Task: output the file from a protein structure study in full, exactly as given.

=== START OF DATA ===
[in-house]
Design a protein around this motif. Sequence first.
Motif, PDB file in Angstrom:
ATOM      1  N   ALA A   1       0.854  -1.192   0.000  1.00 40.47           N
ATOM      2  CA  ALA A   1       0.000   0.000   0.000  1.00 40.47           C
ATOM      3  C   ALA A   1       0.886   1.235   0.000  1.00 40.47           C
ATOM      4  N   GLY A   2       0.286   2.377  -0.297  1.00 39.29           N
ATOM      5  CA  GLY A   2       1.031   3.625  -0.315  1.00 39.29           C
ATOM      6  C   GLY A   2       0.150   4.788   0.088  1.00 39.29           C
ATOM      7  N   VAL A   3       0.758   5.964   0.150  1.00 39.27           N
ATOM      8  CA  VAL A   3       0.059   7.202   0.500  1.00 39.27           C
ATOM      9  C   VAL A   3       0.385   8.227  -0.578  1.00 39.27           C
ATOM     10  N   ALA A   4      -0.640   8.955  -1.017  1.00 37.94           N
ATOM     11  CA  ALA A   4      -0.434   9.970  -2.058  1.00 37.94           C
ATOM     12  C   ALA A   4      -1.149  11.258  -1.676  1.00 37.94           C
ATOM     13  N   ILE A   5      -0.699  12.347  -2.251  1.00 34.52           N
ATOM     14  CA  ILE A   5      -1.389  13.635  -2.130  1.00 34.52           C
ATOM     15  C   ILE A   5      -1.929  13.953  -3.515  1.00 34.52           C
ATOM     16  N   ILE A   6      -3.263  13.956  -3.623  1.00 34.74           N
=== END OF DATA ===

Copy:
[in-house]
Design a protein around this motif. Sequence first.
Motif, PDB file in Angstrom:
ATOM      1  N   ALA A   1       0.854  -1.192   0.000  1.00 40.47           N
ATOM      2  CA  ALA A   1       0.000   0.000   0.000  1.00 40.47           C
ATOM      3  C   ALA A   1       0.886   1.235   0.000  1.00 40.47           C
ATOM      4  N   GLY A   2       0.286   2.377  -0.297  1.00 39.29           N
ATOM      5  CA  GLY A   2       1.031   3.625  -0.315  1.00 39.29           C
ATOM      6  C   GLY A   2       0.150   4.788   0.088  1.00 39.29           C
ATOM      7  N   VAL A   3       0.758   5.964   0.150  1.00 39.27           N
ATOM      8  CA  VAL A   3       0.059   7.202   0.500  1.00 39.27           C
ATOM      9  C   VAL A   3       0.385   8.227  -0.578  1.00 39.27           C
ATOM     10  N   ALA A   4      -0.640   8.955  -1.017  1.00 37.94           N
ATOM     11  CA  ALA A   4      -0.434   9.970  -2.058  1.00 37.94           C
ATOM     12  C   ALA A   4      -1.149  11.258  -1.676  1.00 37.94           C
ATOM     13  N   ILE A   5      -0.699  12.347  -2.251  1.00 34.52           N
ATOM     14  CA  ILE A   5      -1.389  13.635  -2.130  1.00 34.52           C
ATOM     15  C   ILE A   5      -1.929  13.953  -3.515  1.00 34.52           C
ATOM     16  N   ILE A   6      -3.263  13.956  -3.623  1.00 34.74           N